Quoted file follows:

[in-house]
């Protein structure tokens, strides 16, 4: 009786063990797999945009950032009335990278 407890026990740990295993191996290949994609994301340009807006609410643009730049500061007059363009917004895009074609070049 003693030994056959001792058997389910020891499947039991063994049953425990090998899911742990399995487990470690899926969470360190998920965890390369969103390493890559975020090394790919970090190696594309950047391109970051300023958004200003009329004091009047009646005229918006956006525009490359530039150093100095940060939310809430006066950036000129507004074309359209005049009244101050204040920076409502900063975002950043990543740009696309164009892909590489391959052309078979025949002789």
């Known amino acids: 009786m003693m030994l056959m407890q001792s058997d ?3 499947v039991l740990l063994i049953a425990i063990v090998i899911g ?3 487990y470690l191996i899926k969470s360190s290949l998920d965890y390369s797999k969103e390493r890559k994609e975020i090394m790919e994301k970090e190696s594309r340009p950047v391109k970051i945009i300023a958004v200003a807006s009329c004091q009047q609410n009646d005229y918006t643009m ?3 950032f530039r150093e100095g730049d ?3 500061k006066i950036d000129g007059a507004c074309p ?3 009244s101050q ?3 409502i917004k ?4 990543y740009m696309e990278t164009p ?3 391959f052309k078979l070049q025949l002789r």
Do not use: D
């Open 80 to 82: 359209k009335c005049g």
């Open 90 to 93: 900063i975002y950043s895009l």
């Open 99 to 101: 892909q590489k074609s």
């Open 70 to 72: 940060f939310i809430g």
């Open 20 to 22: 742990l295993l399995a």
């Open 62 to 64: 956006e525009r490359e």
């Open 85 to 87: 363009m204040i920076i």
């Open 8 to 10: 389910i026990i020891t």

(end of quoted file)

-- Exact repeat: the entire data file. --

[in-house]
């Protein structure tokens, strides 16, 4: 009786063990797999945009950032009335990278 407890026990740990295993191996290949994609994301340009807006609410643009730049500061007059363009917004895009074609070049 003693030994056959001792058997389910020891499947039991063994049953425990090998899911742990399995487990470690899926969470360190998920965890390369969103390493890559975020090394790919970090190696594309950047391109970051300023958004200003009329004091009047009646005229918006956006525009490359530039150093100095940060939310809430006066950036000129507004074309359209005049009244101050204040920076409502900063975002950043990543740009696309164009892909590489391959052309078979025949002789």
């Known amino acids: 009786m003693m030994l056959m407890q001792s058997d ?3 499947v039991l740990l063994i049953a425990i063990v090998i899911g ?3 487990y470690l191996i899926k969470s360190s290949l998920d965890y390369s797999k969103e390493r890559k994609e975020i090394m790919e994301k970090e190696s594309r340009p950047v391109k970051i945009i300023a958004v200003a807006s009329c004091q009047q609410n009646d005229y918006t643009m ?3 950032f530039r150093e100095g730049d ?3 500061k006066i950036d000129g007059a507004c074309p ?3 009244s101050q ?3 409502i917004k ?4 990543y740009m696309e990278t164009p ?3 391959f052309k078979l070049q025949l002789r």
Do not use: D
């Open 80 to 82: 359209k009335c005049g």
């Open 90 to 93: 900063i975002y950043s895009l």
């Open 99 to 101: 892909q590489k074609s």
């Open 70 to 72: 940060f939310i809430g």
């Open 20 to 22: 742990l295993l399995a």
């Open 62 to 64: 956006e525009r490359e």
């Open 85 to 87: 363009m204040i920076i």
């Open 8 to 10: 389910i026990i020891t």